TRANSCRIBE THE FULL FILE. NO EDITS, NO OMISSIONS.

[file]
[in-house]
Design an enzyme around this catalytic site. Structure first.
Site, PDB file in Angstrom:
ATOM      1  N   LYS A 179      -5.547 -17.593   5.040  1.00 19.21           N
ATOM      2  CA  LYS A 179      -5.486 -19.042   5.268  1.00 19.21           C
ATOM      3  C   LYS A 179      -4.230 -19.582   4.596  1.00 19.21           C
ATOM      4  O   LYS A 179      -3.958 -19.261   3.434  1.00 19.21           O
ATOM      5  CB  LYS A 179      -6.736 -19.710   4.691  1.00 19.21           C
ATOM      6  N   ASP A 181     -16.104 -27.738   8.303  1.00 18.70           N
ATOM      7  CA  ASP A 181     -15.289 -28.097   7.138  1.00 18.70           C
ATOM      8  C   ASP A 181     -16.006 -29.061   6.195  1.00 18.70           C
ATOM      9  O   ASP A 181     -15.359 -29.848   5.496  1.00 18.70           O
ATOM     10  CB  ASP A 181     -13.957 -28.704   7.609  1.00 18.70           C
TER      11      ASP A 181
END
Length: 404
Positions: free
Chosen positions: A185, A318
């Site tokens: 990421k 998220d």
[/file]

[in-house]
Design an enzyme around this catalytic site. Structure first.
Site, PDB file in Angstrom:
ATOM      1  N   LYS A 179      -5.547 -17.593   5.040  1.00 19.21           N
ATOM      2  CA  LYS A 179      -5.486 -19.042   5.268  1.00 19.21           C
ATOM      3  C   LYS A 179      -4.230 -19.582   4.596  1.00 19.21           C
ATOM      4  O   LYS A 179      -3.958 -19.261   3.434  1.00 19.21           O
ATOM      5  CB  LYS A 179      -6.736 -19.710   4.691  1.00 19.21           C
ATOM      6  N   ASP A 181     -16.104 -27.738   8.303  1.00 18.70           N
ATOM      7  CA  ASP A 181     -15.289 -28.097   7.138  1.00 18.70           C
ATOM      8  C   ASP A 181     -16.006 -29.061   6.195  1.00 18.70           C
ATOM      9  O   ASP A 181     -15.359 -29.848   5.496  1.00 18.70           O
ATOM     10  CB  ASP A 181     -13.957 -28.704   7.609  1.00 18.70           C
TER      11      ASP A 181
END
Length: 404
Positions: free
Chosen positions: A185, A318
């Site tokens: 990421k 998220d």